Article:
Tag Archives: Saint Luke

30 June: Even the Demons Submit, Part I.

The mediaeval masons tried to cut the demons down to size on churches like St Nicholas at Barfrestone, Kent. They knew the stories of how Jesus confronted them and sent them packing – and so did his disciples.

Today and tomorrow we are glad to share two posts from Sister Johanna that follow on nicely from Emily yesterday.

Lord, even the devils submit to us when we use your name (Luke 10:17). The disciples were elated. Seventy-two men had been appointed missionaries by the Lord and had been given their first assignment: to visit towns in the area where the Lord himself would soon be visiting (Luke 10:1f). They were meant to prepare the people for Jesus himself. Jesus gave them explicit instructions about what to wear for this, their first official engagement: normal clothes – nothing to distinguish them from anyone else, and what to pack: nothing. Indeed, they were to bring no food, no money, not even a change of clothing. No place had been arranged for them to stay when they arrived in a town: they would have to work that out when they got there. They were not to equip themselves ahead of time with anything that would allow them to feel self-reliant.

We know this story so well that we can forget how this must have sounded to the seventy-two when they listened to Jesus telling them what to do. Perhaps it seemed exciting – but I should think, too, that when they actually set out, without food supplies and with their pockets empty, they must have felt vulnerable in the extreme. It was their very first journey for Jesus, after all. They had no experience of past successes to give them confidence. They were only told by Jesus to heal the sick and say, “The kingdom of God is very near to you.” Some must have secretly worried that they’d become tongue-tied when they started to preach, or would fail miserably in their first attempt at healing. Maybe they’d even be laughed out of town.

But instead, the gospel tells us that their missionary journey was a smashing success. The actual stories of their successes are just a few of the many untold tales that lie hidden behind what is recounted in the gospels. The evangelist skips them all in this instance, and zeroes in on something else – something of greater depth and importance. Luke tells us what happens after their triumph, when they return to Jesus like conquering heroes. For, when they see him, the first thing out of their mouths seems to have been that “even the devils” submitted to them.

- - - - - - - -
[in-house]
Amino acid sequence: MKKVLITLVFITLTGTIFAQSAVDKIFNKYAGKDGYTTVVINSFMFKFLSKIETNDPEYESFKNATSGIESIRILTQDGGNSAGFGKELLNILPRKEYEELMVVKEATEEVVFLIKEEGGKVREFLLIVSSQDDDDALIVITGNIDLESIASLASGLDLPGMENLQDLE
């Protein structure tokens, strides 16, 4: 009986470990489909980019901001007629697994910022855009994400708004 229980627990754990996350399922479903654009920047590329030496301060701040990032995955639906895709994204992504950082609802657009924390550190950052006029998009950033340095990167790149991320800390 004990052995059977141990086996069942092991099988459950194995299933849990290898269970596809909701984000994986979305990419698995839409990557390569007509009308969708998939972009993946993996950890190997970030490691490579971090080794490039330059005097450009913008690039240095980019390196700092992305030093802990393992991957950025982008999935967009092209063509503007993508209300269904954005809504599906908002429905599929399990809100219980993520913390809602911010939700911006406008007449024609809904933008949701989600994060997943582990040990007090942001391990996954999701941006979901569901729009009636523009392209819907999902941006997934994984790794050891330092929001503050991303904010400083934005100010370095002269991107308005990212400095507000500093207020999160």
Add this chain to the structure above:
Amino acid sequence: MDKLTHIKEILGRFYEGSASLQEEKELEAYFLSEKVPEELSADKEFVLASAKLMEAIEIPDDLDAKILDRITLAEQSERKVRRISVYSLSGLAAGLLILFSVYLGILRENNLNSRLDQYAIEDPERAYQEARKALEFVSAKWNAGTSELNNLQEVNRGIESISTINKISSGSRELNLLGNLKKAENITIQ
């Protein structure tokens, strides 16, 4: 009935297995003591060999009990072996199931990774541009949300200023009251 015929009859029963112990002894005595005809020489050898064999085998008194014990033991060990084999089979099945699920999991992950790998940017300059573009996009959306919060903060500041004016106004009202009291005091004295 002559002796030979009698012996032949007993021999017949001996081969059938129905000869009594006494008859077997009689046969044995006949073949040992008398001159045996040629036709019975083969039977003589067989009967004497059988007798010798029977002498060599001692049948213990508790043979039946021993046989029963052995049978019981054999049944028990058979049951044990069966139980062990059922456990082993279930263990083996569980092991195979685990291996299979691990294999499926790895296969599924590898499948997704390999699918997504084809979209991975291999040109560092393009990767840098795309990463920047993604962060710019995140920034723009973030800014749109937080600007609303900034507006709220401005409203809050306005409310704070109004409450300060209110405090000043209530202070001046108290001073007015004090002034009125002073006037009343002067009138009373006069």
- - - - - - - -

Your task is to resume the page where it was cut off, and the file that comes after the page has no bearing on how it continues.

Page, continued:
Now, this is truly success on a spectacular scale. Perhaps the hopes of the missionaries had been much more modest: maybe they felt that they’d be doing well if they could make the child with the tummy-ache feel better, and manage to interest a small audience in stories of Jesus’ healings and sayings. But to tangle with devils and come up trumps – would they even have imagined this ahead of time? They must have said to each other as they journeyed home, “Won’t the Lord be overjoyed when he hears! I can’t wait to see his face when we tell him!”

And Jesus is overjoyed, just as they had hoped. He affirms them. It seems that he already knew what had happened – this kind of sensational news must have spread from village to village like wildfire. He declares: ‘I watched Satan fall like lightning from heaven.’ Hearing these words of Jesus must have felt good, very good to the disciples. And Jesus is generous, not only with his praise, but with his promises. He has more to say here about what they will be able to do. “Look, I have given you power to tread down serpents and scorpions and the whole strength of the enemy; nothing shall ever hurt you.” I like to think of the disciples’ silence as they bask for a few minutes in Jesus’ assurances – their sense of wonder and gratitude must have been profound. They would be taken care of by the Lord whenever they were doing his work. They have just had their first experience of this. They would be powerful in his name. This was an important moment for the seventy-two. Let us leave them for twenty-four hours in this state of glowing wonder, and come back tomorrow to continue our reflections.

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27 June: A shared table.